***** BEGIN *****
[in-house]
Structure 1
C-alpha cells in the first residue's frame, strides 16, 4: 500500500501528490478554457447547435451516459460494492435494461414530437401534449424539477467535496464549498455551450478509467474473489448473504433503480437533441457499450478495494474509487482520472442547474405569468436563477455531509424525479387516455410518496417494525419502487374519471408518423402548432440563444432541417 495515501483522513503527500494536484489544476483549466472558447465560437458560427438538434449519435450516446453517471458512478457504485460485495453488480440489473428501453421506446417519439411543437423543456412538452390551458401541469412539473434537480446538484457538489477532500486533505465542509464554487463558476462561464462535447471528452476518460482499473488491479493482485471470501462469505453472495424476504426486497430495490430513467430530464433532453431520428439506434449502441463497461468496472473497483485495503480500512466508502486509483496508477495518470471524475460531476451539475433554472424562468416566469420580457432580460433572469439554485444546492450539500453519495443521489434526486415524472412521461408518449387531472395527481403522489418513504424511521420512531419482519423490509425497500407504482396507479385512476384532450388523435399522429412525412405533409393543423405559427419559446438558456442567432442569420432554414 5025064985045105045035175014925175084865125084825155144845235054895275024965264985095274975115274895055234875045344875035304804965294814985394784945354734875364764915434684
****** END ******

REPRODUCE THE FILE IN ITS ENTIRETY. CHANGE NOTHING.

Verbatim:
[in-house]
Structure 1
C-alpha cells in the first residue's frame, strides 16, 4: 500500500501528490478554457447547435451516459460494492435494461414530437401534449424539477467535496464549498455551450478509467474473489448473504433503480437533441457499450478495494474509487482520472442547474405569468436563477455531509424525479387516455410518496417494525419502487374519471408518423402548432440563444432541417 495515501483522513503527500494536484489544476483549466472558447465560437458560427438538434449519435450516446453517471458512478457504485460485495453488480440489473428501453421506446417519439411543437423543456412538452390551458401541469412539473434537480446538484457538489477532500486533505465542509464554487463558476462561464462535447471528452476518460482499473488491479493482485471470501462469505453472495424476504426486497430495490430513467430530464433532453431520428439506434449502441463497461468496472473497483485495503480500512466508502486509483496508477495518470471524475460531476451539475433554472424562468416566469420580457432580460433572469439554485444546492450539500453519495443521489434526486415524472412521461408518449387531472395527481403522489418513504424511521420512531419482519423490509425497500407504482396507479385512476384532450388523435399522429412525412405533409393543423405559427419559446438558456442567432442569420432554414 5025064985045105045035175014925175084865125084825155144845235054895275024965264985095274975115274895055234875045344875035304804965294814985394784945354734875364764915434684